##### Example7.1.8

1. $\lt$ is not an equivalence relation on $\R$ because it is not reflexive: for instance, $3\not\lt 3\text{.}$ $\leq$ is also not an equivalence relation on $\R\text{,}$ since even though it is reflexive, it's not symmetric: indeed, $3\leq 4$ but $4\not\leq 3\text{.}$

2. Given any $n\in \Z^+\text{,}$ $\equiv_n$ is an equivalence relation on $\Z\text{.}$ The proof of this is left as an exercise for the reader.

3. The relation $R$ on $C^1$ discussed above ($fR g$ iff $f'=g'$) is an equivalence relation on $C^1\text{.}$

4. $\simeq$ is an equivalence relation on any set of groups. This follows from Theorem 3.3.3.

5. Define relation $R$ on $\Z$ by $xR y$ if and only if $xy \geq 0\text{.}$ Is $R$ an equivalence relation on $\Z\text{?}$ Well, for every $x\in \Z\text{,}$ $x^2\geq 0\text{,}$ so $R$ is reflexive. Moreover, if $x,y\in \Z$ with $xy \geq 0\text{,}$ then $yx \geq 0\text{;}$ so $R$ is symmetric. But $R$ is not transitive: indeed, $3,0,-4\in \Z$ with $3(0)=0 \geq 0$ and $0(-4)=0\geq 0\text{,}$ so $3\R 0$ and $0 R -4\text{;}$ but $3(-4)=-12 \not \geq 0\text{.}$ So $R$ isn't transitive, and hence is not an equivalence relation.

##### Definition7.1.9

Given an equivalence relation $\sim$ on a set $S\text{,}$ for each $x\in S$ we define the equivalence class of $x$ under $\sim$ to be

\begin{equation*} [x]=\{y\in S\,:\, y\sim x\}. \end{equation*}

These sets $[x]$ ($x\in S$) are called the equivalence classes of $S$ under $\sim$.

##### Remark7.1.10

Note that, by reflexivity of $\sim\text{,}$ $x\in [x]$ for every $x\in S\text{.}$

We have now the following Very Important Lemma:

##### Definition7.1.12

In many cases there are many distinct elements $x,y\in S$ with $[x]=[y]\text{;}$ thus, there are usually many different ways we could denote a particular equivalence class of $S$ under $\sim\text{.}$ Element $y\in S$ is called a representative of class $X$ if $y\in X\text{.}$

##### Example7.1.13

1. Consider the equivalence relation $\equiv_2$ on $\Z\text{.}$ Under this relation, $=\{0,\pm 2, \pm 4, \ldots\}$ and $=\{\ldots, -3, -1, 1, 3, \ldots\}\text{;}$ in fact, if we let $E$ be the set of all even integers and $O$ the set of all odd integers, then for $x\in \Z\text{,}$ $[x]=E$ if $x$ is even and $O$ if $x$ is odd. Thus, the set of all equivalence classes of $\Z$ under $\equiv_2$ is the 2-element set $\{E,O\}\text{:}$ every even integer is a representative of $E\text{,}$ while every odd integer is a representative of $O\text{.}$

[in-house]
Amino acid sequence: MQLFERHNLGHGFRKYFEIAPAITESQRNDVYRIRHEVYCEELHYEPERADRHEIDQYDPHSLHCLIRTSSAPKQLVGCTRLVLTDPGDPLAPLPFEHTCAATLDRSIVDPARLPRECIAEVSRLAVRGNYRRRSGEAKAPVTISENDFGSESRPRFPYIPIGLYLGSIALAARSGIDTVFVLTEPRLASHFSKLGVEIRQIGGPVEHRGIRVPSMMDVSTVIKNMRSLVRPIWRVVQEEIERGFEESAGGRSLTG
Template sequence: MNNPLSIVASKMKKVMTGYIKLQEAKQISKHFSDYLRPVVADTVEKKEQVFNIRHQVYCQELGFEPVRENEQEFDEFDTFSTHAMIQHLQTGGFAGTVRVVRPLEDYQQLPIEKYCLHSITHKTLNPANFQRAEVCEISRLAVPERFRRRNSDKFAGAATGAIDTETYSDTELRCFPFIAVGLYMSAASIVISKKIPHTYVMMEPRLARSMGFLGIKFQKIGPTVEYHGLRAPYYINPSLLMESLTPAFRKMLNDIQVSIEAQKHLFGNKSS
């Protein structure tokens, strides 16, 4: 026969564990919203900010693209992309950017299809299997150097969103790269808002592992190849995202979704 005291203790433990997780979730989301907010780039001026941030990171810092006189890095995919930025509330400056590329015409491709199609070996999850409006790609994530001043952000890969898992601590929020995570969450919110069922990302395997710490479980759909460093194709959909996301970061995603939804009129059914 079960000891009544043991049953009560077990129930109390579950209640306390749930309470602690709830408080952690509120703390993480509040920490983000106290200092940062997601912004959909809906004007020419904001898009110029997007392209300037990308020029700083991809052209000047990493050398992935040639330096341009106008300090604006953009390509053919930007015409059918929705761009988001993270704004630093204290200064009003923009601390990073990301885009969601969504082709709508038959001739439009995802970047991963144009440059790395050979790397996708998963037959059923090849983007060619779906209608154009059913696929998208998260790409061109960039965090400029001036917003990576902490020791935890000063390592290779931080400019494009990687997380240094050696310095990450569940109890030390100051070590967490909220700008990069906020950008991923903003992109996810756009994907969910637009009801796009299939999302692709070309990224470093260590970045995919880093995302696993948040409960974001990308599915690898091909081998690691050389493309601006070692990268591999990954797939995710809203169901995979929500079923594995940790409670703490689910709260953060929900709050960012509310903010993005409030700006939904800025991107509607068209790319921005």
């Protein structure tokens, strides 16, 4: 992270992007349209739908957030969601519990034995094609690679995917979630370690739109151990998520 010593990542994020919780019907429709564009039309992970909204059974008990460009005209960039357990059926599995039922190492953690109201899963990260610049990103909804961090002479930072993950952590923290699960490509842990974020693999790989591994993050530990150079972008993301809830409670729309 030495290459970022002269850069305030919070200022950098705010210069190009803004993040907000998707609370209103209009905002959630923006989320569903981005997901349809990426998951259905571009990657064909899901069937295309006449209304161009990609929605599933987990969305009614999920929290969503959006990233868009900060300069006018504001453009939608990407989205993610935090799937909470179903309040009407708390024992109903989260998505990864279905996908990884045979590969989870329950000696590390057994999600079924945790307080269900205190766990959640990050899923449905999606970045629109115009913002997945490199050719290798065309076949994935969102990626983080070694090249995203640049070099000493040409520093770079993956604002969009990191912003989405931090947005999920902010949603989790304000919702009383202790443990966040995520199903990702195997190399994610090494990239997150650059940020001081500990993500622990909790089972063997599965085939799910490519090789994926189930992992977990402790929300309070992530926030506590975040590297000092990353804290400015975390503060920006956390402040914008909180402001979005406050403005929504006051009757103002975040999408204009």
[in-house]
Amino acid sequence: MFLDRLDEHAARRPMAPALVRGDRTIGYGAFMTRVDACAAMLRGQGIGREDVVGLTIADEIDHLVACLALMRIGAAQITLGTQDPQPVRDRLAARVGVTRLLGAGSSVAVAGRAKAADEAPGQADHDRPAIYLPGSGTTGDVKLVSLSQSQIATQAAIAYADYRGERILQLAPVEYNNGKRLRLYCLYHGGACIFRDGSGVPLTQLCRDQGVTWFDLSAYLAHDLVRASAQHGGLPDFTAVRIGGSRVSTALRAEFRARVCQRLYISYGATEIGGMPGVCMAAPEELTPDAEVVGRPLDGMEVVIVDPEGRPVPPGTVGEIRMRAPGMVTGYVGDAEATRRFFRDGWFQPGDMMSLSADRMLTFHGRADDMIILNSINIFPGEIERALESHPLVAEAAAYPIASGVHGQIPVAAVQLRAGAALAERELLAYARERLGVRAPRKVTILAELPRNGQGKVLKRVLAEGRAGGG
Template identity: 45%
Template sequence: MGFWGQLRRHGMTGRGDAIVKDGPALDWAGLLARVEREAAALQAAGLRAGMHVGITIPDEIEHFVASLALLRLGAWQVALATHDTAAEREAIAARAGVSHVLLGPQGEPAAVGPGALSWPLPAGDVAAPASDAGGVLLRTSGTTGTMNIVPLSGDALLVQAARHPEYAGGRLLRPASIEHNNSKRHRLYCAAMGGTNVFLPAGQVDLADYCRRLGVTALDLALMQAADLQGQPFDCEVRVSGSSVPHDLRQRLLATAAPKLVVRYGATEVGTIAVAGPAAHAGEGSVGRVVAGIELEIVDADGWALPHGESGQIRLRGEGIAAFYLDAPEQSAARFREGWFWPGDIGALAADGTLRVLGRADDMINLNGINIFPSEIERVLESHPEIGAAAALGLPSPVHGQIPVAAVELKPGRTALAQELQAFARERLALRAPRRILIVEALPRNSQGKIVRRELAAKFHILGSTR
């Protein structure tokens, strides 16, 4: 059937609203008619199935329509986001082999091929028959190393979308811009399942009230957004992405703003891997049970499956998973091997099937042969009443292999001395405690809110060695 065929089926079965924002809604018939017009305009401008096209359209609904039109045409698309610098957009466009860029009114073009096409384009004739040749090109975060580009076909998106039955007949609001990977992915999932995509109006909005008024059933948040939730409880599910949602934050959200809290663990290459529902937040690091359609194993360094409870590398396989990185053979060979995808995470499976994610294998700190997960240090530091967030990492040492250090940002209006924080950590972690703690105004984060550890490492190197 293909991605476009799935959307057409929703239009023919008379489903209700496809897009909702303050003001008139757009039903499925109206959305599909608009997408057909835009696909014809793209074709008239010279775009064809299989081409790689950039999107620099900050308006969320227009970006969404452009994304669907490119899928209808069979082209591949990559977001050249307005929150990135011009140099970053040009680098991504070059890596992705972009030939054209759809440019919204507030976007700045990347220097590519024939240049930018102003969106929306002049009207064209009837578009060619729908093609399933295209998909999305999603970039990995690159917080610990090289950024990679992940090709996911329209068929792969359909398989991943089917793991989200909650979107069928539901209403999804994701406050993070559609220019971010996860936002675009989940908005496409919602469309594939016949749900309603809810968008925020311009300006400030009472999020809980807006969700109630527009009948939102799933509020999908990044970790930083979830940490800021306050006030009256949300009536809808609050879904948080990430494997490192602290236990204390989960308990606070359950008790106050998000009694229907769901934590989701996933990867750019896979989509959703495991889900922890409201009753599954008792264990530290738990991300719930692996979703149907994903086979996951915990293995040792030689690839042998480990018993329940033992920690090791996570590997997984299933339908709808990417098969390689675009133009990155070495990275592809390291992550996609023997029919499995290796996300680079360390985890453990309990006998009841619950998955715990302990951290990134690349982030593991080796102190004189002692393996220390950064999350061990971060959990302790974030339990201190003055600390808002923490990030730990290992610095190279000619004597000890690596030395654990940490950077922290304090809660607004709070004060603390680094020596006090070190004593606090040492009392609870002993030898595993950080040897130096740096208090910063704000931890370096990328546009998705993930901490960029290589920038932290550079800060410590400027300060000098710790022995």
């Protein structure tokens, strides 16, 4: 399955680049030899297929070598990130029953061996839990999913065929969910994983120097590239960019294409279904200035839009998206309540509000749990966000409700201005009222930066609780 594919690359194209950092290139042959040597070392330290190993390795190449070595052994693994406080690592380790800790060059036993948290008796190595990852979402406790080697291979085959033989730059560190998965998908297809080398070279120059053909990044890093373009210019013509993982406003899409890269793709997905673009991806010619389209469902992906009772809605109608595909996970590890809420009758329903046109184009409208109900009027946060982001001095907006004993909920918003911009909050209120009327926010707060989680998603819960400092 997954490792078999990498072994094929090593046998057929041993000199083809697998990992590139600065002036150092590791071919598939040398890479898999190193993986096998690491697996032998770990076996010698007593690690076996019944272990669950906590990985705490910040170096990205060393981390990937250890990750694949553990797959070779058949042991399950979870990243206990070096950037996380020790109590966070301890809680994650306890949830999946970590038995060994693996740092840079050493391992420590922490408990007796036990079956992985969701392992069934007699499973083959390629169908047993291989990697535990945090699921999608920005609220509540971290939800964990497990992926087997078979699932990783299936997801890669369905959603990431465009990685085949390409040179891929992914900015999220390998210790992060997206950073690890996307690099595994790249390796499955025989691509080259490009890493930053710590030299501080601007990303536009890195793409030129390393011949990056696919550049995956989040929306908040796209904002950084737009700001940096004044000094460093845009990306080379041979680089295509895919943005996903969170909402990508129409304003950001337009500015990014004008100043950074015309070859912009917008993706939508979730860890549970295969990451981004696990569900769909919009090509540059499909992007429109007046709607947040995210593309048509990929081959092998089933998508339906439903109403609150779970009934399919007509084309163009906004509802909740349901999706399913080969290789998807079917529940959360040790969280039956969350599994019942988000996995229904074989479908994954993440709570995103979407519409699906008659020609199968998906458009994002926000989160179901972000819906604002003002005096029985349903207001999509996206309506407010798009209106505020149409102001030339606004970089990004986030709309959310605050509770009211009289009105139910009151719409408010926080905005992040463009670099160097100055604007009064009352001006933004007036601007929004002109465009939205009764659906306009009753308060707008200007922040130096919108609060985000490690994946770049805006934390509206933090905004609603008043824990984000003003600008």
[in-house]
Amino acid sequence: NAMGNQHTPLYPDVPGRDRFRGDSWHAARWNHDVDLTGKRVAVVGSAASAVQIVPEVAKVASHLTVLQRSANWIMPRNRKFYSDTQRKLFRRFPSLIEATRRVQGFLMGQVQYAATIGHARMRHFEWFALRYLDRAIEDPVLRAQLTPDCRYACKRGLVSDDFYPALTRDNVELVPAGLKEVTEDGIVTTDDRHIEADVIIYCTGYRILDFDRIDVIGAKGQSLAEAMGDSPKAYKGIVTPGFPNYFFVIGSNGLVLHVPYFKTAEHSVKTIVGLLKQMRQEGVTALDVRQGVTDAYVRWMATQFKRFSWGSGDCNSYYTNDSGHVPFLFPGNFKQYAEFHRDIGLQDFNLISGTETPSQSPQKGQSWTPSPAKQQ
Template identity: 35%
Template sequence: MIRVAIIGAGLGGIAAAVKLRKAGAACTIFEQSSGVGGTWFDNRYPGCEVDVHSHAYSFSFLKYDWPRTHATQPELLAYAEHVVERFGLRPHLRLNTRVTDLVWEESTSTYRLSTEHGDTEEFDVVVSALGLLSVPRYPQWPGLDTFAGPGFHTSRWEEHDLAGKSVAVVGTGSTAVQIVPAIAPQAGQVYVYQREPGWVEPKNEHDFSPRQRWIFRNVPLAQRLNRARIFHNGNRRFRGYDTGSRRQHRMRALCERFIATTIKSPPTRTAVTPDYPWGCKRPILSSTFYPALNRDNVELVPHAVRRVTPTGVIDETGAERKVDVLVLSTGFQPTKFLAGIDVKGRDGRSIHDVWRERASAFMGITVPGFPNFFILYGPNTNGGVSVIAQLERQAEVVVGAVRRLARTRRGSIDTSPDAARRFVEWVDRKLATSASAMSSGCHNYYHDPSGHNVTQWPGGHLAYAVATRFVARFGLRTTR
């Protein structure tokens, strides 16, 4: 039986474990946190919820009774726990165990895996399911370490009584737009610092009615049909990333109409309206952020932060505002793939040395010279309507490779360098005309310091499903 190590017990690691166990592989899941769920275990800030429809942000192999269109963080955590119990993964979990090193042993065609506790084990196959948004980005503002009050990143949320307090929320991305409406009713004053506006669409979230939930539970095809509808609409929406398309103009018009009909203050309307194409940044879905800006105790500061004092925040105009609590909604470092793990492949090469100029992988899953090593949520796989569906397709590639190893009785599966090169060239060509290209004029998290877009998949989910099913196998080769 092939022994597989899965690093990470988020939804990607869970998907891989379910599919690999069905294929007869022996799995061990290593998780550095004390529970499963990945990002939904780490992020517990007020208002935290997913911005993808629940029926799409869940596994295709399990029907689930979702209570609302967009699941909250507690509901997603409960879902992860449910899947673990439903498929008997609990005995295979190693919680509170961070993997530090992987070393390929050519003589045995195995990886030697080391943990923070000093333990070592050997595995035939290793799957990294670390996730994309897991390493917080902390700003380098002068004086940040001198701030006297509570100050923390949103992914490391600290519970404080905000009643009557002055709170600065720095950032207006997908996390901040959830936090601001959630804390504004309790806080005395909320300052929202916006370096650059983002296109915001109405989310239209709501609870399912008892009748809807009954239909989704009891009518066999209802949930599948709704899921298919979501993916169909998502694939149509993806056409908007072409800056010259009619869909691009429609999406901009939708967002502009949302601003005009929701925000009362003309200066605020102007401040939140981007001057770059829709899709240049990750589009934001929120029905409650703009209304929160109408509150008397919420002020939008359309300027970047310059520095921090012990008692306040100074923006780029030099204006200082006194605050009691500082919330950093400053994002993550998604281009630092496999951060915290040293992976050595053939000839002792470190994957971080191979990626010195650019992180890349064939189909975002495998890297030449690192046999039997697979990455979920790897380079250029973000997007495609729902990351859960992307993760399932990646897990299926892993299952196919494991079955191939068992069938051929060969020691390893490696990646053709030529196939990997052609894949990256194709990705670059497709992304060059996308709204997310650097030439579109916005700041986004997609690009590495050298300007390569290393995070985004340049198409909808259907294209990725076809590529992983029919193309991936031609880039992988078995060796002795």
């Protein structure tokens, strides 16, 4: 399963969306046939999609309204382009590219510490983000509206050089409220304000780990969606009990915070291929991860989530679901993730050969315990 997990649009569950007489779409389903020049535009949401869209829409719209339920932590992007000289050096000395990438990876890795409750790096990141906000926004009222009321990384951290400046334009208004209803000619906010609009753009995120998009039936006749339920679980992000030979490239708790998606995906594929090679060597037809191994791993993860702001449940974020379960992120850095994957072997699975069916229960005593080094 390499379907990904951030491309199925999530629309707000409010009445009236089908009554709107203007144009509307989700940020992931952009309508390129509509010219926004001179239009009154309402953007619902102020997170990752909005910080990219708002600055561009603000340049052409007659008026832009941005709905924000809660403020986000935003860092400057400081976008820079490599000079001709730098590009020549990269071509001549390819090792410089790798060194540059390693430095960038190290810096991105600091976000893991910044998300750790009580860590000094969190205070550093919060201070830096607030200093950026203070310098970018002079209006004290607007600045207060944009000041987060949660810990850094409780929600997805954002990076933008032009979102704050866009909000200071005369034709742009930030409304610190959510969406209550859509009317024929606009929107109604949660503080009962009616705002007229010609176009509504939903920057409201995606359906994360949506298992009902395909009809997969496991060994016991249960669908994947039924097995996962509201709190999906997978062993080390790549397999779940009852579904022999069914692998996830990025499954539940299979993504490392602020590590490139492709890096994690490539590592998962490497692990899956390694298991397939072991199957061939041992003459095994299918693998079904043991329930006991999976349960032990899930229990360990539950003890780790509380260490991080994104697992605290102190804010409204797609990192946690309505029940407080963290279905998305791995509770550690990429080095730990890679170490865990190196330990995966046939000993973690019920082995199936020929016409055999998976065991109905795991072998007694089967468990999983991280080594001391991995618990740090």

2. For $f\in C^1\text{,}$ the equivalence class of $f$ under $R$ (defined above) is the set of all functions in $C^1$ of the form $g(x)=f(x)+c\text{,}$ where $c\in \R\text{.}$

3. Let $A=\{a,b,c\}\text{,}$ and define $\sim$ on the power set $P(A)$ of $A$ by $X\sim Y$ if and only if $|X|=|Y|\text{.}$ It is straightforward to show that $\sim$ is an equivalence relation on $P(A)\text{,}$ under which $P(A)$ has exactly 4 distinct equivalence classes:

\begin{equation*} [\emptyset]=\{\emptyset\}, \end{equation*} \begin{equation*} [\{a\}]=[\{b\}]=[\{c\}]=\{\{a\},\{b\}, \{c\}\}, \end{equation*} \begin{equation*} [\{a,b\}]=[\{a,c\}]=[\{b,c\}]=\{\{a,b\},\{a,c\},\{b,c\}\}, \text{ and } \end{equation*} \begin{equation*} [A]=\{A\}. \end{equation*}
##### Remark7.1.14

Notice that the complete set $\{E,O\}$ of distinct equivalence classes of $\Z$ under $\equiv_n$ is a partition of $\Z\text{,}$ and the complete set

\begin{equation*} \{[\emptyset],[\{a\}],[\{a,b\}],[A]\} \end{equation*}

of distinct equivalence classes of $P(A)$ under $\sim$ is a partition of $P(A)\text{.}$ This is not a coincidence! It turns out that equivalence relations and partitions go hand in hand.

##### Example7.1.16

1. For $n\in \Z^+\text{,}$ the set of the equivalence classes of $\Z$ under $\equiv_n$ is the partition $\{,,\ldots,[n-1]\}$ of $\Z\text{.}$ (The partition $\{E ,O\}$ of $\Z$ discussed above is this partition when $n=2\text{.}$)